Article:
The US Bureau of Land Management (BLM) has proposed to create and maintain a system of fuel breaks across the Great Basin region. The proposed project area encompasses 224 million acres and includes parts of California, Idaho, Nevada, Oregon, Utah, and Washington. The fuel breaks would be cut along roads and rights-of-way on BLM-administered lands within “sagebrush communities.” The BLM’s preferred plan would eventually cover some 38 million acres.

An environmental impact statement has been prepared to evaluate the plan. So-called fuel breaks can vary widely in form, size and method of treatment. In the proposal, a fire break is defined as a “natural or man-made change in fuel characteristics which affects fire behavior so that fires burning into them can be more readily controlled.”

Bromus Tectorum and the Rangeland Wildfire Problem

In recent years there has been an explosion in the number of acres burned on federal land in Nevada with several open range wildfires larger than 100,000 acres. The invasive Bromus Tectorum or cheatgrass is the culprit. Early Great Basin farmers inadvertently introduced cheatgrass through contaminated grain seed and other means. Now, 150 years later, cheatgrass carpets desert valley bottoms and has been documented on Great Basin mountaintops. The plant with no value to pollinators primarily haunts regions under 6000 feet in elevation, especially the pinyon/juniper woodland, sagebrush, and salt-desert shrub communities.

There has been a spike in range land acreage burned in Nevada over the past several years – image – data from US Bureau of Land Management, graph, Nevada Capital News.

Fuel Breaks

Treatment is broken into four categories, manual, mechanical, prescribed fire, and targeted grazing methods. Three broad types of firebreaks are proposed.

  1. Brown Strips

Vegetation adjacent to interstate highways and other high traffic roadways would be removed.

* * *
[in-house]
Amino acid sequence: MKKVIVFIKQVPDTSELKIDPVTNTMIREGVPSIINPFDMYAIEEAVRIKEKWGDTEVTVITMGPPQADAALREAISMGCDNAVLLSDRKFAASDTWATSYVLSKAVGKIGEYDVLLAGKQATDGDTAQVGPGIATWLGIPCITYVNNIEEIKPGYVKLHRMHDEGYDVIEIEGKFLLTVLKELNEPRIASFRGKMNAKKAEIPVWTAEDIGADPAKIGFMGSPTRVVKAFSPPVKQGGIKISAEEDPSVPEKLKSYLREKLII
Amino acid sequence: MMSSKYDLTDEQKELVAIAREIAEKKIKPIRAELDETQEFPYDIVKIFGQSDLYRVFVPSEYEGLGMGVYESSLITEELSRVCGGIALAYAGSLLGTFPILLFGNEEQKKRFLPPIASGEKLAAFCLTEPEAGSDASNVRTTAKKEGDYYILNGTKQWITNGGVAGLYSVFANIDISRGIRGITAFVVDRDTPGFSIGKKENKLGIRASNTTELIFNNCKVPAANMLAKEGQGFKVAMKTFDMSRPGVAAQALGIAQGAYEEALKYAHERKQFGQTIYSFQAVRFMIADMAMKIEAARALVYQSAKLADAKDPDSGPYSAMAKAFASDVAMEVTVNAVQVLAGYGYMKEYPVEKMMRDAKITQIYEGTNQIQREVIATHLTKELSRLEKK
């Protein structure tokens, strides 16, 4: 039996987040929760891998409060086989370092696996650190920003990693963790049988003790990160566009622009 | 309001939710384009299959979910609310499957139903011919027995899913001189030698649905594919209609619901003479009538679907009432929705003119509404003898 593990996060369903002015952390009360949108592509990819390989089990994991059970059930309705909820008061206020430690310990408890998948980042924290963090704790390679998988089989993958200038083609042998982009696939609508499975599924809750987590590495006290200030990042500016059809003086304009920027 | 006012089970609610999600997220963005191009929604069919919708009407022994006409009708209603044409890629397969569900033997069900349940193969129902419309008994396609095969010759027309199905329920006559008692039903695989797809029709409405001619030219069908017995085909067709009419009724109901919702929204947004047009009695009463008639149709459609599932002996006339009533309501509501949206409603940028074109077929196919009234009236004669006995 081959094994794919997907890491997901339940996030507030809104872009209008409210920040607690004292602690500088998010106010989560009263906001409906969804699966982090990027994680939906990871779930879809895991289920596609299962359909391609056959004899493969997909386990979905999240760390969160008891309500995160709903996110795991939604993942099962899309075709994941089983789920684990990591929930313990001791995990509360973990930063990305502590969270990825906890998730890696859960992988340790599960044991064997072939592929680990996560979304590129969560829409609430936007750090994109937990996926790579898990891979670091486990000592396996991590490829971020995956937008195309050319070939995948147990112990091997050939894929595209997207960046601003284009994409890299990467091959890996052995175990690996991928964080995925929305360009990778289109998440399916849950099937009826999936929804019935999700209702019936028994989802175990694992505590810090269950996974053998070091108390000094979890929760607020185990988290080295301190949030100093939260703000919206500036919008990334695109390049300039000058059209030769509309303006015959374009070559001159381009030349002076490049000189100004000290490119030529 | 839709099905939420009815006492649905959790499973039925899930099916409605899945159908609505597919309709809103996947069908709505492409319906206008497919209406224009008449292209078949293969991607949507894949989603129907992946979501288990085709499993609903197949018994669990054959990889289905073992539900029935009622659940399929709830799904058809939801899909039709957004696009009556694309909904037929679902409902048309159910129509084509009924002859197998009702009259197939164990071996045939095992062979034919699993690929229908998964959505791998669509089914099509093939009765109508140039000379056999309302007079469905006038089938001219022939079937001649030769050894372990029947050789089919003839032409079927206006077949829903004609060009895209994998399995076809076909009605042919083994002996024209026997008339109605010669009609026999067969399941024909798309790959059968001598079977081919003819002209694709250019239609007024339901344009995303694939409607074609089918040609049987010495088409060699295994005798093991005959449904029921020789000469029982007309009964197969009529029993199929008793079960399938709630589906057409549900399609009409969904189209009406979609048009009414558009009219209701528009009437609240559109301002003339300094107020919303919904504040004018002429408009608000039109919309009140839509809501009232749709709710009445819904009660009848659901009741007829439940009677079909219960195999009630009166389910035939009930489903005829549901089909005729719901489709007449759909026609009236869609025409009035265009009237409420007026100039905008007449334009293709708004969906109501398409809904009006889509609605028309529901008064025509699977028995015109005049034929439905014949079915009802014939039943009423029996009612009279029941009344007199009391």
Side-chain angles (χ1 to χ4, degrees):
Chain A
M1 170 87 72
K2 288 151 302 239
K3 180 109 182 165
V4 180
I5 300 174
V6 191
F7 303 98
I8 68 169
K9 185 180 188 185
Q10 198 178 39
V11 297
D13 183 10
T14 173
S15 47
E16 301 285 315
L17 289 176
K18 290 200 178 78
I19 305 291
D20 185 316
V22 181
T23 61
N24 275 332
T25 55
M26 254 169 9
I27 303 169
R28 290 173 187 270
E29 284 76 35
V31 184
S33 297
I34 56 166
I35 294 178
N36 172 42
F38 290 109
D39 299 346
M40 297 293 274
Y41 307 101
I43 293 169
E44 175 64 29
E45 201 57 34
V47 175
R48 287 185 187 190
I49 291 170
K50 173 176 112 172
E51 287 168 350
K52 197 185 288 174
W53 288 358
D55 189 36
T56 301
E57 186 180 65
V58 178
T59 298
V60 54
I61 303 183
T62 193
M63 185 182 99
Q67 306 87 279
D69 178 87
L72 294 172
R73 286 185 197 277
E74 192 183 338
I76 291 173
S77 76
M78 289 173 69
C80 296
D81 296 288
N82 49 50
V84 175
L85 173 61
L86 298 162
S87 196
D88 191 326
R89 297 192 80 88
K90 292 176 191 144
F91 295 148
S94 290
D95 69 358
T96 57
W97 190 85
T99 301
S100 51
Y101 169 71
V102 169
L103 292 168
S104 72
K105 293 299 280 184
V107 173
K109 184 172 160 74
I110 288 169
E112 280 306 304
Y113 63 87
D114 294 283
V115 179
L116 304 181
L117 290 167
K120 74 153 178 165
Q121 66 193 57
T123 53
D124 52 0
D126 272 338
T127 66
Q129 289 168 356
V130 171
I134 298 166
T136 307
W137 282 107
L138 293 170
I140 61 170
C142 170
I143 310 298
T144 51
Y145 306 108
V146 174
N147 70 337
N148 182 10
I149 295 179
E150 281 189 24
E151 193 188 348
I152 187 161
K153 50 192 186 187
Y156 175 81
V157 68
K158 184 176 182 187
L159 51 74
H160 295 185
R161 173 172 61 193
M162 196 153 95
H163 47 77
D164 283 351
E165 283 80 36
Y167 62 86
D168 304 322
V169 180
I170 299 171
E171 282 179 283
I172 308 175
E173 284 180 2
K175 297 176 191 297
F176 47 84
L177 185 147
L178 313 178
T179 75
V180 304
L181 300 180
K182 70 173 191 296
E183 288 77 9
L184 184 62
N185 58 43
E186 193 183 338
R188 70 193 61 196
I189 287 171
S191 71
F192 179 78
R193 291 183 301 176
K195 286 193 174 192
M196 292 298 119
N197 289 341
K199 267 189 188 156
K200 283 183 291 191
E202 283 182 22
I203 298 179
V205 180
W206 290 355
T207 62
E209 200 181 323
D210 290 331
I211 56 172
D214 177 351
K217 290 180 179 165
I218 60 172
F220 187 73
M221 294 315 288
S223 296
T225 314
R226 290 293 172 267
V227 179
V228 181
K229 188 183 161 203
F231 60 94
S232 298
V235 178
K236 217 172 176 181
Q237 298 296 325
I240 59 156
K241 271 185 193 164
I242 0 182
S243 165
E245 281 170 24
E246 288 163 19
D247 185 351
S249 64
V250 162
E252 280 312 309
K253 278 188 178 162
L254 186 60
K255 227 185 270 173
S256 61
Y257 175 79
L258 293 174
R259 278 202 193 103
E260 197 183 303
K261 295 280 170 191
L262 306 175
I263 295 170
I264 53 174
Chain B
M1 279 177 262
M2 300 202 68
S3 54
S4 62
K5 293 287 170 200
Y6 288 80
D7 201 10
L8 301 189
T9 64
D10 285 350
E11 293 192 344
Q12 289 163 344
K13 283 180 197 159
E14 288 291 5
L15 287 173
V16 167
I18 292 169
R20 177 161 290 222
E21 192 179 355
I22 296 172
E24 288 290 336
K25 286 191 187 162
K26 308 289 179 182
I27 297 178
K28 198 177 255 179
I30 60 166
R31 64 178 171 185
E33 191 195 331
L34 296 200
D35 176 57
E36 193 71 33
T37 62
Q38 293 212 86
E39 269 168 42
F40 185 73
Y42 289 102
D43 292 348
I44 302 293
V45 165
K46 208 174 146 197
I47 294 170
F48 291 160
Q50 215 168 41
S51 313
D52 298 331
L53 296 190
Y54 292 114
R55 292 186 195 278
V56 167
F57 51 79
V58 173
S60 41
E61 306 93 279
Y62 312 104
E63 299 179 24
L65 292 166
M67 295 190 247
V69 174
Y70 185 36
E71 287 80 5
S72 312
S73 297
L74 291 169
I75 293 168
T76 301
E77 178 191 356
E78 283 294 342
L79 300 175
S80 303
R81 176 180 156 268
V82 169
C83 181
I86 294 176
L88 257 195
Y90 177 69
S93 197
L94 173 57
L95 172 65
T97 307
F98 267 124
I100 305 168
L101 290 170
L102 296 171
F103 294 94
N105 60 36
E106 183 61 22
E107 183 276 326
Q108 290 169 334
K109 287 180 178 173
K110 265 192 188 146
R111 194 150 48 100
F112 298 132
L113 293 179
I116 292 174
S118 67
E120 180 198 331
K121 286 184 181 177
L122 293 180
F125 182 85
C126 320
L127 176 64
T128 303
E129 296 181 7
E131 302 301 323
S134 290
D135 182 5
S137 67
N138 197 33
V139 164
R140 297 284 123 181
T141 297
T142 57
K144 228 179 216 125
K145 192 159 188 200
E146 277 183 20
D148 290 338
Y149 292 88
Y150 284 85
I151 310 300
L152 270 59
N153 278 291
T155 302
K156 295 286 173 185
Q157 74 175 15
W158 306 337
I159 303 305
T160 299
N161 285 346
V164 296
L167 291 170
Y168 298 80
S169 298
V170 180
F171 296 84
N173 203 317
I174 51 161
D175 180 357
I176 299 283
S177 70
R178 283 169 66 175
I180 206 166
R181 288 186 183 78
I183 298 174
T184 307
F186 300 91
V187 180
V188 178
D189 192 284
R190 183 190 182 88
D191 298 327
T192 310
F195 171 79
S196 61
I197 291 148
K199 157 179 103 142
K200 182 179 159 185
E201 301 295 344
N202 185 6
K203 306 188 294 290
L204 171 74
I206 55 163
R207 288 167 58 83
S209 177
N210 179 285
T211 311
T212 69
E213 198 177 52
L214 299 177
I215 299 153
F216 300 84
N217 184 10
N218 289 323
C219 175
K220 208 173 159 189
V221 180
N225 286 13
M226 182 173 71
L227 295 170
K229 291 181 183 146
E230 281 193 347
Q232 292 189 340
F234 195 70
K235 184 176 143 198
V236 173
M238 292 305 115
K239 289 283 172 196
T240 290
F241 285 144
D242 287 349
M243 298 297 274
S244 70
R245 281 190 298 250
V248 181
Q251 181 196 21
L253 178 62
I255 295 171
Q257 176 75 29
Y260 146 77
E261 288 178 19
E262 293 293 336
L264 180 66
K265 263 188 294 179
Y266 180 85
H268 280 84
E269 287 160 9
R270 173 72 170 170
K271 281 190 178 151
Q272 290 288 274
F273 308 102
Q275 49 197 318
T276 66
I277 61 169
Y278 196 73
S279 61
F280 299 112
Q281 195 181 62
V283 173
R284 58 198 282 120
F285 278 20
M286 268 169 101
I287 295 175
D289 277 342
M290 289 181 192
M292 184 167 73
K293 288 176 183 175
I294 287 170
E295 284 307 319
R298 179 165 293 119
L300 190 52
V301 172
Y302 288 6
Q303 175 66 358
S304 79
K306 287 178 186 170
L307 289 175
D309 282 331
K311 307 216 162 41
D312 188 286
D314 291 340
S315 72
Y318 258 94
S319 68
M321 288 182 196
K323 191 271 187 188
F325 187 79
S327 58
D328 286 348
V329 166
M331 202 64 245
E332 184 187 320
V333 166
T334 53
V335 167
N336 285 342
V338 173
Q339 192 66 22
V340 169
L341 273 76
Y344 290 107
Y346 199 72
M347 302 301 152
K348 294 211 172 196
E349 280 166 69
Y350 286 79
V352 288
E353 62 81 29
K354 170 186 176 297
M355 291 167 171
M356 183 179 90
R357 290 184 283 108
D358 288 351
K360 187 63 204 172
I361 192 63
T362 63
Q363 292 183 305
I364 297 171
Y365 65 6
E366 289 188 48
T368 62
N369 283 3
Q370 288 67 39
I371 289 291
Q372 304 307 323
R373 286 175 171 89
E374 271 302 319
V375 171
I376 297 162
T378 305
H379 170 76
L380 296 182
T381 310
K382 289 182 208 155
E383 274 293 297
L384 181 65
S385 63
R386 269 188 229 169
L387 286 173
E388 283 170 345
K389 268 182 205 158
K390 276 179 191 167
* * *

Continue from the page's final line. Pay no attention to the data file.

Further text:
From the environmental impact statement:

  • Brown strips would require more intensive maintenance than other fuel break types and must be regularly maintained due to the higher likelihood of invasion by nonnative annual grasses compared to other fuel break types. Their effectiveness is short-lived without regular maintenance.
  • Brown strips are the simplest of the linear fuel breaks with respect to potential fire behavior, because they are devoid of vegetation and thus cannot burn, however due to their narrow width, there is a higher potential for breaching, or breaking through, during higher intensity fires, where flame length or spotting distance exceed the width of the fuel break

2. Mowed Fuel Breaks or Targeted Grazing Fuel Breaks

The system of BLM roads and rights of way in the western United States is vast and enables access to some of the most remote and untrammeled areas of the lower 48 states. Mowed Fuel Breaks or Targeted Grazing Fuel Breaks are proposed to be created up to 500 feet wide on either side of lightly traveled BLM roads.

From the environmental impact statement:

  • Mowed fuel breaks are the preferred method of treatment in patches of intact sagebrush, because they are relatively easy to implement and, if wide enough, can help to disrupt wind driven fires and limit wildfire spread; however, reducing the canopy cover can increase herbaceous plants in the short term, necessitating further intervention (Shinneman et al. 2018).
  • Native perennial grasses, as the target vegetation state, would not be removed. Other native vegetation could be retained.